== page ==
For Gail and me, this was a first trip to Asia in general and to Korea in particular. Seoul is a massive city, hard to even get your mind around. They told me 10 million residents in the city proper, and 22 million if you add all its surrounding suburbs. It takes forever to get from one end of it to the other, despite the wide and modern expressways. You’re often wise to schedule two hours if you’re traveling somewhere on the “far side” from where you began. Despite all the driving we did around Seoul, I don’t recall seeing a single detached family house. Massive apartment blocks are everywhere, often stretching as far as the eye can see, each building obviously housing hundreds of people. (It actually made Toronto look small, which is quite an achievement!) I was not surprised to be told that many Koreans struggle with a sense of isolation and loneliness in this environment, and that suicide was identified as a serious social problem.

President Um of the Lutheran Church of Korea is a delightful host. Not only was he gentle and helpful in explaining everything to us foreigners, but he personally guided the tours of Luther Seminary, their growing Lutheran university, and of the city of Seoul when we spent Saturday looking around. The staff from his office gave so much of themselves during our conference days, making themselves available from early morning until late at night to see that visitors got all the assistance they needed. He and his co-workers lined up outside our buses as we departed, bowing deeply and giving us a very ceremonial send-off. When we arrived at Incheon airport to leave the country, we saw other groups of Koreans standing in lines with costumes and flowers, treating even ordinary people the same way, as though they were just concluding a “state” visit! When our Korean Airlines plane arrived in Chicago, again, the full crew of that 747 jumbo jet stood at the exits and along the jetway in lines, bowing and thanking us for being with them. Courtesy looms large in Korea! And it’s not merely an idle custom! It really DOES make you feel as though you matter to these folks! Is there a lesson for God’s people in Canada to learn here? Hmm…

A real highlight of this week was the visit Gail and I made to a young mission congregation, “Clear Spring Water Lutheran Church,” in a northwestern suburb of Seoul. This congregation, begun just six years ago, meets in rented rooms in the basement level of an office/apartment building. Each week when the service is ended, the members ALWAYS stay and have dinner together, I’m told. Their church was the farthest from our conference site, and so our little LCC delegation (a.k.a. Gail and I) were the only foreign visitors to this particular worshipping community. The service is very reverent, as pastor and deacon remove their shoes before entering the chancel area, donning little slippers for that part of God’s House. During the Old Testament and Epistle readings (done by the deacon), the pastor sits in his chancel chair, slippered feet on a pillow, with his eyes shut tight as he listens very attentively to God’s Word and by his body language sets a strong example for the worshippers to follow. The singing is rich and full for such a small group. Afterward they made elaborate preparations for a special dinner to honour us, complete with a “rice cake,” topped with little green peas forming the Korean lettering for “Welcome”. (Never compare these to the snacks WE call rice cakes from the supermarket. This was a filling dessert!)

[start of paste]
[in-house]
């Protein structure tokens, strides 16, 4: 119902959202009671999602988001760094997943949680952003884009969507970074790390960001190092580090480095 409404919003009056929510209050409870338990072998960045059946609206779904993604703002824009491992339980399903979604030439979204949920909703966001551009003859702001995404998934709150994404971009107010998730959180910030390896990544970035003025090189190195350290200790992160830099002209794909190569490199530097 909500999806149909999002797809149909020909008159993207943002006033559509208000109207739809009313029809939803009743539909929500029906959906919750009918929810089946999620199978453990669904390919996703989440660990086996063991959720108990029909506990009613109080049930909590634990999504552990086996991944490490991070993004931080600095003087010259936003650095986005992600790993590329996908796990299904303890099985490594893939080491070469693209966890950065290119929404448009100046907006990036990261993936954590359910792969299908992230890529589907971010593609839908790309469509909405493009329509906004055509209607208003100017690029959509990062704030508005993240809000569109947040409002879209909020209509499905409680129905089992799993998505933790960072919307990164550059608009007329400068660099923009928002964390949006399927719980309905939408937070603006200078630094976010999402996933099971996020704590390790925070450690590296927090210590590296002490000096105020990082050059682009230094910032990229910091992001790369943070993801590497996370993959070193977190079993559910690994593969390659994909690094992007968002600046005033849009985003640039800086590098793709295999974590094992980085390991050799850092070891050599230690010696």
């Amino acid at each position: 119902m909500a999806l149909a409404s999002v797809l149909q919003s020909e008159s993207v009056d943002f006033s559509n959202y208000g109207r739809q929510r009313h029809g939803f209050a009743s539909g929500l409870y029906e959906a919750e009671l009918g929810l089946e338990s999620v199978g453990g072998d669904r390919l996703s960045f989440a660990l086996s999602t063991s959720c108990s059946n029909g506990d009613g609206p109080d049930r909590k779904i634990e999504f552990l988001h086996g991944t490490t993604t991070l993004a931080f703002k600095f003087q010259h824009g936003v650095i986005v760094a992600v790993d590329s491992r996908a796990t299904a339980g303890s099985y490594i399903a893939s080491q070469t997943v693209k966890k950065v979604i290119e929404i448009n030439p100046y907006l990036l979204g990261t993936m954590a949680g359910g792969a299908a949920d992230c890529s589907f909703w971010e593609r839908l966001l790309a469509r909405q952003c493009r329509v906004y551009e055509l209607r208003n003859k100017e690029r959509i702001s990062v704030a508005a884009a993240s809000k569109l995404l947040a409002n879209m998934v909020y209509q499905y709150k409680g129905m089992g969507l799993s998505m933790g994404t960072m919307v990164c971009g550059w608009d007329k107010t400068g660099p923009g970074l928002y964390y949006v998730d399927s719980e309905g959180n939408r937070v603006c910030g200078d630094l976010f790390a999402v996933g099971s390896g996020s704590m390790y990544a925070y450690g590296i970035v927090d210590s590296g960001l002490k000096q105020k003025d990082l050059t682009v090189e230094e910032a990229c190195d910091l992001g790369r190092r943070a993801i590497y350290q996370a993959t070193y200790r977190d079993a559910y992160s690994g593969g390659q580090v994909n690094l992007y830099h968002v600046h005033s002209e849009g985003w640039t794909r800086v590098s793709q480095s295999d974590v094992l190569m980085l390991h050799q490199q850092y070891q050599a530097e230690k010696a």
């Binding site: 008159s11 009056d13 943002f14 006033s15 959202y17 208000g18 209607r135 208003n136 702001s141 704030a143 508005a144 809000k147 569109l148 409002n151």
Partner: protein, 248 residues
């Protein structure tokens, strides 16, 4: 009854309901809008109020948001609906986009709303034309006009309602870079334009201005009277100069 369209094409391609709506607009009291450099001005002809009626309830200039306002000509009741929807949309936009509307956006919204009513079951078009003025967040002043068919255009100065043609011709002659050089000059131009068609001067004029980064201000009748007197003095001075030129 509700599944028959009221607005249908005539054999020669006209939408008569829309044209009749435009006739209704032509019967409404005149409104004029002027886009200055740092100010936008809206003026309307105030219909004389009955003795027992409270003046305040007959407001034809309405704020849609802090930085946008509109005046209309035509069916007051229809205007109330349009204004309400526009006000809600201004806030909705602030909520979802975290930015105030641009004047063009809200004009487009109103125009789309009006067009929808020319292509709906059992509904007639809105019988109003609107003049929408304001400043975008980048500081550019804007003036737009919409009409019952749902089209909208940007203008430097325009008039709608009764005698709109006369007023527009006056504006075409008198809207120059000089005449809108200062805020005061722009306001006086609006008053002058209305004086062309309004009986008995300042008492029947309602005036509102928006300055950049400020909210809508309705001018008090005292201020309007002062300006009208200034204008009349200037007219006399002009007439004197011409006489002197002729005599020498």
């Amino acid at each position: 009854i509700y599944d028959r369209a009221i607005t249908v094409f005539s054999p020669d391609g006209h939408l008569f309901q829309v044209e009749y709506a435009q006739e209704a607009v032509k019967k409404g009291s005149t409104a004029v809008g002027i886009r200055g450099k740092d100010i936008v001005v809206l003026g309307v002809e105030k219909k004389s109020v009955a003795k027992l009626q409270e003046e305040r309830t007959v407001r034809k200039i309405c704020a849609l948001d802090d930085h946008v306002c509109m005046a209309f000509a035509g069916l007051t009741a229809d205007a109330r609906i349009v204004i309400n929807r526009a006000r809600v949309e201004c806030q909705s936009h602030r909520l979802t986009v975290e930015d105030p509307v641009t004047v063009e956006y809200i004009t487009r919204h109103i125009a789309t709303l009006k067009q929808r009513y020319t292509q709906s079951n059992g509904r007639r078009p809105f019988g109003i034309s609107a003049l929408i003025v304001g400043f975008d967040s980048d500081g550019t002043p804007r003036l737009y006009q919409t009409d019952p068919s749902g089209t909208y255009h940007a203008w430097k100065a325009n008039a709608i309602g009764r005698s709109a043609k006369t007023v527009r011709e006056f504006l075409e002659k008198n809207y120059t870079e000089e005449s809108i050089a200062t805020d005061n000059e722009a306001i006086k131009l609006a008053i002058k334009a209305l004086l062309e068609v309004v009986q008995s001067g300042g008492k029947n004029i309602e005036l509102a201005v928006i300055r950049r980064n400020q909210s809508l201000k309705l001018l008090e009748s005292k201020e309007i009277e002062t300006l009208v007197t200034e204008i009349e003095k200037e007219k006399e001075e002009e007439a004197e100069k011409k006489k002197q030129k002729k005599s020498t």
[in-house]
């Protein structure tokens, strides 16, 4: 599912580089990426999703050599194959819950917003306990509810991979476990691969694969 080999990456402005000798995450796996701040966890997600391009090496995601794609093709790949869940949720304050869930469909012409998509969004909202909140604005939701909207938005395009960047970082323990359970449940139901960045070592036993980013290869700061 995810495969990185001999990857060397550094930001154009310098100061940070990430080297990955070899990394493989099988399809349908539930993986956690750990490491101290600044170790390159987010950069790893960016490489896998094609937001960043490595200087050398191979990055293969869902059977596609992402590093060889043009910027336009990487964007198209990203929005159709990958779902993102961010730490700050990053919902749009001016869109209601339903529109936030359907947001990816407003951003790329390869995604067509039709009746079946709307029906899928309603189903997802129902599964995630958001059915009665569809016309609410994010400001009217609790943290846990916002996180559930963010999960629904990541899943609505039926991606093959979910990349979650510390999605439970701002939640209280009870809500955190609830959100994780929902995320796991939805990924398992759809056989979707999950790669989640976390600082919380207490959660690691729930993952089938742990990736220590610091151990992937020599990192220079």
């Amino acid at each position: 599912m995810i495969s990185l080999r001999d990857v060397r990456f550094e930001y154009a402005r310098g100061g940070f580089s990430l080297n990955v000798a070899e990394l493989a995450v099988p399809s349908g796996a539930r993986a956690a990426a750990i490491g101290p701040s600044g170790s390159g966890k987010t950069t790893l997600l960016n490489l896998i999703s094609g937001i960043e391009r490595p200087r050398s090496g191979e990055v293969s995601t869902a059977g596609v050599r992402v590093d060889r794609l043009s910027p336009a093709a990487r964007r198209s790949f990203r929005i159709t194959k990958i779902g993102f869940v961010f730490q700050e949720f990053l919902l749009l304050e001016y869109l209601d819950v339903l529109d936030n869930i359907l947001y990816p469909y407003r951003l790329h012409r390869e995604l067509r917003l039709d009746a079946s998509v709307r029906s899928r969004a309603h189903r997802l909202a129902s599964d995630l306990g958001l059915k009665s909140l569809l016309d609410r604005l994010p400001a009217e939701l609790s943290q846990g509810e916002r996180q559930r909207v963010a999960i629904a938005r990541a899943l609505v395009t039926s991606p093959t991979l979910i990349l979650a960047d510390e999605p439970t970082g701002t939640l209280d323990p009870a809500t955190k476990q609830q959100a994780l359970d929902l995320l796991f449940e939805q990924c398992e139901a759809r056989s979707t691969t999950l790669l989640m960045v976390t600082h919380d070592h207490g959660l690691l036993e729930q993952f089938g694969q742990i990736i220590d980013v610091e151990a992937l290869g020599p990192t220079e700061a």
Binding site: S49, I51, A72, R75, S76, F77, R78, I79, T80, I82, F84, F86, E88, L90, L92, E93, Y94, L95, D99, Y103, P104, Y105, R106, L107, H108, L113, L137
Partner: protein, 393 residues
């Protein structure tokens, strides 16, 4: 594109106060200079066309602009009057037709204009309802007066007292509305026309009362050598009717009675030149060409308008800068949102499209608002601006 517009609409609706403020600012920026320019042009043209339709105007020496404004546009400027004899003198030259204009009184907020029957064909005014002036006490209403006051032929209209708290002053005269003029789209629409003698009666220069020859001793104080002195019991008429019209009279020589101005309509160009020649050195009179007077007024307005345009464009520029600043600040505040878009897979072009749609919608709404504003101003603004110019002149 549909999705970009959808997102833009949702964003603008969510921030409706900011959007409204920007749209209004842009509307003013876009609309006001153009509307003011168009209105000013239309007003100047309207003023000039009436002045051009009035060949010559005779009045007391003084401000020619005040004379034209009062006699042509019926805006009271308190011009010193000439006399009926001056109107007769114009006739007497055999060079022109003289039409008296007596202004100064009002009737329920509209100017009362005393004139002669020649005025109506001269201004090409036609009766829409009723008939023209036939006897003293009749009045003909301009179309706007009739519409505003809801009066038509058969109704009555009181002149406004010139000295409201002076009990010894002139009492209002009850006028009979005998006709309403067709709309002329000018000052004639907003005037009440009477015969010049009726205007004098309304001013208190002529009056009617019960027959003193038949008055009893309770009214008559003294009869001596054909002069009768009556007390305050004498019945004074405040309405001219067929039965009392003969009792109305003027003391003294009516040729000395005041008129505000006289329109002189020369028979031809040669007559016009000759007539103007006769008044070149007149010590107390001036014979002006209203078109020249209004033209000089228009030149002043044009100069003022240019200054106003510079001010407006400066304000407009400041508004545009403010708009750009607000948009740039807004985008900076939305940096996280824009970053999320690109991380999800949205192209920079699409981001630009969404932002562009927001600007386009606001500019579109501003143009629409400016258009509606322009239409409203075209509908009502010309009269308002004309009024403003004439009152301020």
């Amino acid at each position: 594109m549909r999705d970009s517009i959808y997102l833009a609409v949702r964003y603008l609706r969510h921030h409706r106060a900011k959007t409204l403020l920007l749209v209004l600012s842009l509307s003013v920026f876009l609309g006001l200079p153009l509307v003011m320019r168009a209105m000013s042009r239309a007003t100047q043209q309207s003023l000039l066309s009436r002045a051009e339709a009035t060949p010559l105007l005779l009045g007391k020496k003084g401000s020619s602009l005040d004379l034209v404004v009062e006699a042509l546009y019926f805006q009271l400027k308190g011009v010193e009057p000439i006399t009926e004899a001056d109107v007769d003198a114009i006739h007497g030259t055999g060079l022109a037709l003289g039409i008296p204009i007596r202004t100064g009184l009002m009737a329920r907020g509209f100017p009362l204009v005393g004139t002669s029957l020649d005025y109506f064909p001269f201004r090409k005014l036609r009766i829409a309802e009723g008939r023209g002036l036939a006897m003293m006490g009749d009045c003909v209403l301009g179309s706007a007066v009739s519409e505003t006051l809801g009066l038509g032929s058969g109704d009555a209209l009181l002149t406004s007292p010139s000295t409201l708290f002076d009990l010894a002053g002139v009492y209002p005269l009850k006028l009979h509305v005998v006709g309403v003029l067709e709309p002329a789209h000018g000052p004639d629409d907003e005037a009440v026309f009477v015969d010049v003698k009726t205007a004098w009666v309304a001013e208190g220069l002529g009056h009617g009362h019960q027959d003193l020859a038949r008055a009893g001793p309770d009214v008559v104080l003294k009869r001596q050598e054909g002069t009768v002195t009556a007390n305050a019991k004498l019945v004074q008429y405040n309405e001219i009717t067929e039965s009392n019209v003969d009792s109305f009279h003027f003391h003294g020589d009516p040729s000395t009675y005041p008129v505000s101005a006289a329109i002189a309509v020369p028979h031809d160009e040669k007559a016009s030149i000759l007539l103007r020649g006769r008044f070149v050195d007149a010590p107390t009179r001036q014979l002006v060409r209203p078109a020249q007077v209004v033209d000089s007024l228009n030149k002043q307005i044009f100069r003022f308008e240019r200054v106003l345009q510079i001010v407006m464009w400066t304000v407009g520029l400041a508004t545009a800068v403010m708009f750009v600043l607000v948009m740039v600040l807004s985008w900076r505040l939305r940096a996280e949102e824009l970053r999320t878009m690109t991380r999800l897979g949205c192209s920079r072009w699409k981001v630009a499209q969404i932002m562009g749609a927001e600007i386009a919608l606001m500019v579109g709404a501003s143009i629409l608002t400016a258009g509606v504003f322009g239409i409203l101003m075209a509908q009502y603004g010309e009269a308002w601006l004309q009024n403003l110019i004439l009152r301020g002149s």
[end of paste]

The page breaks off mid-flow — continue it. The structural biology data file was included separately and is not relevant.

A surprising and happy feature of the ILC conference is to see how many Latin Americans were there, since Biblical Lutheran churches are springing up all over the Spanish- and Portuguese-speaking lands of this world region. And how heartwarming to see how our sister church in Brazil, a Portuguese-speaking nation, sent a missionary back to the ancestral “homeland” to get Lutheran mission starts going in Portugal!

I may have more to say on the International Lutheran Council itself in another post, but let these reflections be enough for now while impressions are still so fresh in my mind. I’m so grateful to God that our Lutheran Church-Canada is part of this strong and very loving family. It’s also heartwarming to see how our leaders of days gone by, Presidents Lehman and Mayan, represented us so well and carved out a big place for the Canadian church in the hearts of these brothers and sisters.

Gail and Robert Bugbee